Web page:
This is just a short overview of some pre-Lenten treats from different places. The list of traditional foods goes on and on. Which are your favorite treats?

See also: 7 Carnivals Around the World, Parade Time in New Orleans, and Happy Pancake Day!

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iStock // Ekaterina Minaeva
technology
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Man Buys Two Metric Tons of LEGO Bricks; Sorts Them Via Machine Learning
May 21, 2017
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iStock // Ekaterina Minaeva

Jacques Mattheij made a small, but awesome, mistake. He went on eBay one evening and bid on a bunch of bulk LEGO brick auctions, then went to sleep. Upon waking, he discovered that he was the high bidder on many, and was now the proud owner of two tons of LEGO bricks. (This is about 4400 pounds.) He wrote, "[L]esson 1: if you win almost all bids you are bidding too high."

Mattheij had noticed that bulk, unsorted bricks sell for something like €10/kilogram, whereas sets are roughly €40/kg and rare parts go for up to €100/kg. Much of the value of the bricks is in their sorting. If he could reduce the entropy of these bins of unsorted bricks, he could make a tidy profit. While many people do this work by hand, the problem is enormous—just the kind of challenge for a computer. Mattheij writes:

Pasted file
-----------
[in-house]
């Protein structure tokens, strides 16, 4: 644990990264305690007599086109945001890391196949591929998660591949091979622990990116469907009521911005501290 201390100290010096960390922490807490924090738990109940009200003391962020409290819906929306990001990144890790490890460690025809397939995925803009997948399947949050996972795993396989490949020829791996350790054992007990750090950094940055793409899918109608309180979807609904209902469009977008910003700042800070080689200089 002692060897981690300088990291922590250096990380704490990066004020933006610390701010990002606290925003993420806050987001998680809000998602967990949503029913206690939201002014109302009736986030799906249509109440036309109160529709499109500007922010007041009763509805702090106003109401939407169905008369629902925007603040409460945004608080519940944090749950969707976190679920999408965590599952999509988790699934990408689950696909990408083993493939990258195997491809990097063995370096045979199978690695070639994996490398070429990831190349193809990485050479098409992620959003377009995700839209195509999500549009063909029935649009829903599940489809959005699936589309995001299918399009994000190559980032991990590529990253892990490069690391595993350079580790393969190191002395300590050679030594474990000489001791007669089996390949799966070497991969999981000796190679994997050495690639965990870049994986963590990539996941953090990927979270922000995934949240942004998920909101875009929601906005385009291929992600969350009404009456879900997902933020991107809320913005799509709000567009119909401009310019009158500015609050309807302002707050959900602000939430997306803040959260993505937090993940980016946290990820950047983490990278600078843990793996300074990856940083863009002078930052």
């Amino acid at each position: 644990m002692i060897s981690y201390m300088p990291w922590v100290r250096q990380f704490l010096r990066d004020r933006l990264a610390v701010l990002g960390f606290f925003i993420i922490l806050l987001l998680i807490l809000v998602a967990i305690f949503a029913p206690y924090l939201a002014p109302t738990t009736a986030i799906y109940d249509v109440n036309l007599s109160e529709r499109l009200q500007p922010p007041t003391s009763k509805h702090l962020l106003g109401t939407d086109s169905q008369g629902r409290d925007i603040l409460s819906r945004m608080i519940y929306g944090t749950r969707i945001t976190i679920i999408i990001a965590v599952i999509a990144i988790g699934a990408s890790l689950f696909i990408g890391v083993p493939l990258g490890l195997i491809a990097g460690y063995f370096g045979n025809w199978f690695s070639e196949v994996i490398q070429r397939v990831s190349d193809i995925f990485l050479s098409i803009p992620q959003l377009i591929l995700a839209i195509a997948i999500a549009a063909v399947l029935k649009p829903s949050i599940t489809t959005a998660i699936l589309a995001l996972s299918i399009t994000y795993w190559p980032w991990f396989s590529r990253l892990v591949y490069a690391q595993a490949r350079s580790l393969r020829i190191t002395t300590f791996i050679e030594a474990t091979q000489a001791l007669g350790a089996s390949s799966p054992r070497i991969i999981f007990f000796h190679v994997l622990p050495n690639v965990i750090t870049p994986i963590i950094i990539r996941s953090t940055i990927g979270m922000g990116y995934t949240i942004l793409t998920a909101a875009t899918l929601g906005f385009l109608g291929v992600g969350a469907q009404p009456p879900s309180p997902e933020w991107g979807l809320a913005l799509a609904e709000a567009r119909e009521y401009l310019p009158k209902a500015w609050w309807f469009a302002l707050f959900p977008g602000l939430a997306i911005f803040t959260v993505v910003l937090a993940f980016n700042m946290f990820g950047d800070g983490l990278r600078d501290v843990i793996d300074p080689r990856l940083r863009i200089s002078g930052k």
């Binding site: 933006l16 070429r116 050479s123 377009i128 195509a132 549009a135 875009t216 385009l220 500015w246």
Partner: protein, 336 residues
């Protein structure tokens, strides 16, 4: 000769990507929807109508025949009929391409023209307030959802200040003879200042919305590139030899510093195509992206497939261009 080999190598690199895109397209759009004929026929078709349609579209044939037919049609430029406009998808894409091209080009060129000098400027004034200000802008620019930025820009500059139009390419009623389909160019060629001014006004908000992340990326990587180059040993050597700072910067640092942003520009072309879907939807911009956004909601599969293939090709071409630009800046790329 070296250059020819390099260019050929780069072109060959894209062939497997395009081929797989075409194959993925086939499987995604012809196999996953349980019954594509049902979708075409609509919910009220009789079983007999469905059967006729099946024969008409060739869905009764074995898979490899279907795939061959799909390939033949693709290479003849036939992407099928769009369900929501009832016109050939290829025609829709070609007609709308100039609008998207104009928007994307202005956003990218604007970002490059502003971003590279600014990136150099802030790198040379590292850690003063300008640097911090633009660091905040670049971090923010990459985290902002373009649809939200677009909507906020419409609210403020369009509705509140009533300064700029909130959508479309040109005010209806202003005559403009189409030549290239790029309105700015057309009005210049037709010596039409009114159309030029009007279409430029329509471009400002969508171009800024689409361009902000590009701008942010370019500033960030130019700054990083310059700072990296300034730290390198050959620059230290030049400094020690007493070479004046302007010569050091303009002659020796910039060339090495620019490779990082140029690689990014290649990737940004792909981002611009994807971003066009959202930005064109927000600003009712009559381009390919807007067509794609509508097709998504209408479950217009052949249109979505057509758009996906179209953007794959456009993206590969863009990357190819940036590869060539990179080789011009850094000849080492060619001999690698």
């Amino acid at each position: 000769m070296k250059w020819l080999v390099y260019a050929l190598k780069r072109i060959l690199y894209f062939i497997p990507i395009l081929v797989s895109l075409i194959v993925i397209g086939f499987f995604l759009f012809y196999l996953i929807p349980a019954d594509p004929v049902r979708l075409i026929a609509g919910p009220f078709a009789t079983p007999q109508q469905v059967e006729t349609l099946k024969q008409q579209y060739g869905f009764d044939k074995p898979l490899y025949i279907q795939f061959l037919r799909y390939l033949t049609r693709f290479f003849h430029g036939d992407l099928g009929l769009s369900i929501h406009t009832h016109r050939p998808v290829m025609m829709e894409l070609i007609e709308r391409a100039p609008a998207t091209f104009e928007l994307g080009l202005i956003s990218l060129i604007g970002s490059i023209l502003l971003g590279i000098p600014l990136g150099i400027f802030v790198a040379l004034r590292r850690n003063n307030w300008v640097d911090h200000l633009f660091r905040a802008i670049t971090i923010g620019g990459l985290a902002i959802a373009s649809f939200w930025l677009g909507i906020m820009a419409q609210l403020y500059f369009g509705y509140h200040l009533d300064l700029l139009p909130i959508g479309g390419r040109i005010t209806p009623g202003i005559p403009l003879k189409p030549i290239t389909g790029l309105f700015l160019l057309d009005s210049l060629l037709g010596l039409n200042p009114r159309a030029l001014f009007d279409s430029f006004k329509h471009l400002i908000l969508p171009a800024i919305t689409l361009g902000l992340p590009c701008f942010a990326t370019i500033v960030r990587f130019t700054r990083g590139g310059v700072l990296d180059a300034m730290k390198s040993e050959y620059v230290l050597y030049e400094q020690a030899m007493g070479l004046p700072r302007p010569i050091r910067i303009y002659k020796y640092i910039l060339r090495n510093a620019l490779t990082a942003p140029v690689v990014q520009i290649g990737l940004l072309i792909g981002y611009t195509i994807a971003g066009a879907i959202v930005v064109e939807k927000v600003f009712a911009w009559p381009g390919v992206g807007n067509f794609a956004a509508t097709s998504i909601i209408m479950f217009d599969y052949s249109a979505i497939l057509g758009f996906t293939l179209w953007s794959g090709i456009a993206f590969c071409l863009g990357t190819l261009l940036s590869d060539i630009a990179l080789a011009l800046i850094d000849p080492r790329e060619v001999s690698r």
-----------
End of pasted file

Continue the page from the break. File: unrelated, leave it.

There are 38000+ shapes and there are 100+ possible shades of color (you can roughly tell how old someone is by asking them what lego colors they remember from their youth).

In the following months, Mattheij built a proof-of-concept sorting system using, of course, LEGO. He broke the problem down into a series of sub-problems (including "feeding LEGO reliably from a hopper is surprisingly hard," one of those facts of nature that will stymie even the best system design). After tinkering with the prototype at length, he expanded the system to a surprisingly complex system of conveyer belts (powered by a home treadmill), various pieces of cabinetry, and "copious quantities of crazy glue."

Here's a video showing the current system running at low speed:

The key part of the system was running the bricks past a camera paired with a computer running a neural net-based image classifier. That allows the computer (when sufficiently trained on brick images) to recognize bricks and thus categorize them by color, shape, or other parameters. Remember that as bricks pass by, they can be in any orientation, can be dirty, can even be stuck to other pieces. So having a flexible software system is key to recognizing—in a fraction of a second—what a given brick is, in order to sort it out. When a match is found, a jet of compressed air pops the piece off the conveyer belt and into a waiting bin.